Mirai review

Mirai review

0 comments 📅06 October 2018, 08:30

Four-year-old Kun waits impatiently by the window for the arrival of his parents, and by association his new sibling. While the knowledge hasn’t quite set in, he’s excited to see the little bundle of joy. But when baby Mirai arrives, he starts to realise that he’s no longer the only person to get his parents’ attention and love. Fuelled by jealousy, he begins to act out and make life difficult for his family — His only solace is the garden that sits in the middle of their elaborate home, where his imagination can roam free. But when a teenage Mirai appears in front of him, he starts to learn what it means to be a good older brother.

Hosoda has always had a skill for portraying human dramas on screen, as can be seen in his look at motherhood in Wolf Children, and fatherhood in The Boy and the Beast. In Mirai he turns his eye towards children, and the bond between siblings. Now a father to two children himself, with a daughter named Mirai, it makes sense that Hosoda has chosen to focus on this theme. Where Wolf Children looked at the struggles of raising kids as a single parent, Mirai shows how its young protagonist matures to accept, and protect, his sister. Hosoda does this with his character’s imagination and taste for adventure in mind, as Kun travels back and forth through time to go on a beautiful, fantastical journey.

Each adventure that the four-year-old goes on is more moving than the last, somehow relating to a problem he is having -or believes to have- in his home life. He meets his mother when she was a child when he becomes overwhelmed by the feeling that she’s not giving him enough attention, and later meets his great grandfather when he struggles to ride a bike. These may seem like small challenges, but for a child they can be as tough as climbing a mountain and Hosoda treats it as such in the film. His narrative has a way of moving its audience while also lifting their spirits and leaving a smile on their faces.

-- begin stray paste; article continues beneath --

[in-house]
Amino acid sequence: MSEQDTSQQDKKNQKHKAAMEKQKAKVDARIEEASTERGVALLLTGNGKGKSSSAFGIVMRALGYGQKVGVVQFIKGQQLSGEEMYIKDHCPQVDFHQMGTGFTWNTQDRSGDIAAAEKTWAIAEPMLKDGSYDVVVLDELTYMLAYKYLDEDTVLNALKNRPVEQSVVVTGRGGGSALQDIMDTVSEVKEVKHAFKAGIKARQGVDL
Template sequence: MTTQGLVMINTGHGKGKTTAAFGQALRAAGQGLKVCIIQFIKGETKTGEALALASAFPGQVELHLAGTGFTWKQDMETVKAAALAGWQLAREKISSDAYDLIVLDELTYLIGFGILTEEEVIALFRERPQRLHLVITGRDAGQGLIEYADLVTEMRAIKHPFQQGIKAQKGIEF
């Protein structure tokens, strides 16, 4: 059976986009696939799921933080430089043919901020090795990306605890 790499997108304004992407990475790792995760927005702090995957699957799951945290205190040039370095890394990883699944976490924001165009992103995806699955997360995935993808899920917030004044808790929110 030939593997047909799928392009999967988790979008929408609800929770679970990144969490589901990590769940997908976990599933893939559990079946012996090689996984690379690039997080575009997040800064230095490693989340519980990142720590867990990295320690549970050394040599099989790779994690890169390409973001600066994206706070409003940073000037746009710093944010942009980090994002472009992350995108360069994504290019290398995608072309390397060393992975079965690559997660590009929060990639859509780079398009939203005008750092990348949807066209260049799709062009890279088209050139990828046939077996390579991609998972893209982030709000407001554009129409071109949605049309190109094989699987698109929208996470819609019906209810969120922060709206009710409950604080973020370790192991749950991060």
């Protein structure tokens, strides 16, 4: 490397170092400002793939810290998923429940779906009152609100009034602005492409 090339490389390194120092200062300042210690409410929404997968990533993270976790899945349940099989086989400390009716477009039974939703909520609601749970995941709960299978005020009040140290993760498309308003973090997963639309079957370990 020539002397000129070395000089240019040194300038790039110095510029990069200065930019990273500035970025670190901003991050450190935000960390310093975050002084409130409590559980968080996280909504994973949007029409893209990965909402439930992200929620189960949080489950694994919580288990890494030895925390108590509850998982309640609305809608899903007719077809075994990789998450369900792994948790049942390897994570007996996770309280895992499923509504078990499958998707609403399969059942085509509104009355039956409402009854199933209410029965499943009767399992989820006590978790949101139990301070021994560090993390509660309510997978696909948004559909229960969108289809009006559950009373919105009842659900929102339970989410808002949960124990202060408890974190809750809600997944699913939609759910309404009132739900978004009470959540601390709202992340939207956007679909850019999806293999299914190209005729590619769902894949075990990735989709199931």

Mirai is a feel-good film that captures a child’s imagination and what it’s like to be young with spectacular flair. Like Kun, viewers are sent on charming adventures that is sure to captivate from start to finish, and they will be drawn into the story thanks to the characters’ delightful personalities. With its stunning animation and imaginative narrative, Hosoda proves once again that he’s a force to be reckoned with in the industry. While the film might not be as action-packed as The Boy and The Beast or Summer Wars, it is as emotional as Wolf Children and The Girl Who Leapt Through Time. Mirai has a knack for combining the best of all Hosoda’s part work, and it’s a joy to see.

Mirai opens in cinemas nationwide from Friday 2nd November. Please visit miraifilm.co.uk for more information on subtitled and dubbed screenings. #miraifilm

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